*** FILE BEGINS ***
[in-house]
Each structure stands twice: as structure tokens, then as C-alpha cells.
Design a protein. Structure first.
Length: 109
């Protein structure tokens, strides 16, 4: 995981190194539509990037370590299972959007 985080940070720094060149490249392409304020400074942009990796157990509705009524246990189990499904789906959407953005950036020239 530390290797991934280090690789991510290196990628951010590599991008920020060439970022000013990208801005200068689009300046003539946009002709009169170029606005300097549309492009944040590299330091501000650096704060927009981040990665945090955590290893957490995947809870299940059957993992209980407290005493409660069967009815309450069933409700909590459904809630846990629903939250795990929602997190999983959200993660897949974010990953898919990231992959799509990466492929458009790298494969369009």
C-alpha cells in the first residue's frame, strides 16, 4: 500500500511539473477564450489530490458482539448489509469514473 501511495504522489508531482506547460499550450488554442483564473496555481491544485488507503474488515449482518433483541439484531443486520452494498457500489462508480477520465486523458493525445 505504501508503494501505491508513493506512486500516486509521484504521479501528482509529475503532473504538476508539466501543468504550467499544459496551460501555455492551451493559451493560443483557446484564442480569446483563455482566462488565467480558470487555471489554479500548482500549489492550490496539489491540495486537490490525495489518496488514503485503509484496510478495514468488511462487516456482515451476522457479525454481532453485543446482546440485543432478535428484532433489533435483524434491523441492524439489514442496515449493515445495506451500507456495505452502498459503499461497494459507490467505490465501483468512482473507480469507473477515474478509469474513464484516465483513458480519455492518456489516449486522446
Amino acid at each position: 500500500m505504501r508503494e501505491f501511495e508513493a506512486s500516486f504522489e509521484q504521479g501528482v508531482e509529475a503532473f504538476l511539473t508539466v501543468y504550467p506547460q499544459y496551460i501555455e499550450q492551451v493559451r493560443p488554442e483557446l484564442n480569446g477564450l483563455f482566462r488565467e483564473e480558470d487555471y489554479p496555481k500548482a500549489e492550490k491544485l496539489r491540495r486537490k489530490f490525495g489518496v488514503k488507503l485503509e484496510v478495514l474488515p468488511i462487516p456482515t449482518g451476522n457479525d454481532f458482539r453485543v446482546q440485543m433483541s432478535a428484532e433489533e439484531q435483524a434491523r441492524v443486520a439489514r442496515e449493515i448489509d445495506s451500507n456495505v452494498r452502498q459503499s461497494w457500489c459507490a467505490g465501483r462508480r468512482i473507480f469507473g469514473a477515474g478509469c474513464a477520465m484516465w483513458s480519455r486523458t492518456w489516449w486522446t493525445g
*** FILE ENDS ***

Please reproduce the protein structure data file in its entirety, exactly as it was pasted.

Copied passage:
[in-house]
Each structure stands twice: as structure tokens, then as C-alpha cells.
Design a protein. Structure first.
Length: 109
């Protein structure tokens, strides 16, 4: 995981190194539509990037370590299972959007 985080940070720094060149490249392409304020400074942009990796157990509705009524246990189990499904789906959407953005950036020239 530390290797991934280090690789991510290196990628951010590599991008920020060439970022000013990208801005200068689009300046003539946009002709009169170029606005300097549309492009944040590299330091501000650096704060927009981040990665945090955590290893957490995947809870299940059957993992209980407290005493409660069967009815309450069933409700909590459904809630846990629903939250795990929602997190999983959200993660897949974010990953898919990231992959799509990466492929458009790298494969369009």
C-alpha cells in the first residue's frame, strides 16, 4: 500500500511539473477564450489530490458482539448489509469514473 501511495504522489508531482506547460499550450488554442483564473496555481491544485488507503474488515449482518433483541439484531443486520452494498457500489462508480477520465486523458493525445 505504501508503494501505491508513493506512486500516486509521484504521479501528482509529475503532473504538476508539466501543468504550467499544459496551460501555455492551451493559451493560443483557446484564442480569446483563455482566462488565467480558470487555471489554479500548482500549489492550490496539489491540495486537490490525495489518496488514503485503509484496510478495514468488511462487516456482515451476522457479525454481532453485543446482546440485543432478535428484532433489533435483524434491523441492524439489514442496515449493515445495506451500507456495505452502498459503499461497494459507490467505490465501483468512482473507480469507473477515474478509469474513464484516465483513458480519455492518456489516449486522446
Amino acid at each position: 500500500m505504501r508503494e501505491f501511495e508513493a506512486s500516486f504522489e509521484q504521479g501528482v508531482e509529475a503532473f504538476l511539473t508539466v501543468y504550467p506547460q499544459y496551460i501555455e499550450q492551451v493559451r493560443p488554442e483557446l484564442n480569446g477564450l483563455f482566462r488565467e483564473e480558470d487555471y489554479p496555481k500548482a500549489e492550490k491544485l496539489r491540495r486537490k489530490f490525495g489518496v488514503k488507503l485503509e484496510v478495514l474488515p468488511i462487516p456482515t449482518g451476522n457479525d454481532f458482539r453485543v446482546q440485543m433483541s432478535a428484532e433489533e439484531q435483524a434491523r441492524v443486520a439489514r442496515e449493515i448489509d445495506s451500507n456495505v452494498r452502498q459503499s461497494w457500489c459507490a467505490g465501483r462508480r468512482i473507480f469507473g469514473a477515474g478509469c474513464a477520465m484516465w483513458s480519455r486523458t492518456w489516449w486522446t493525445g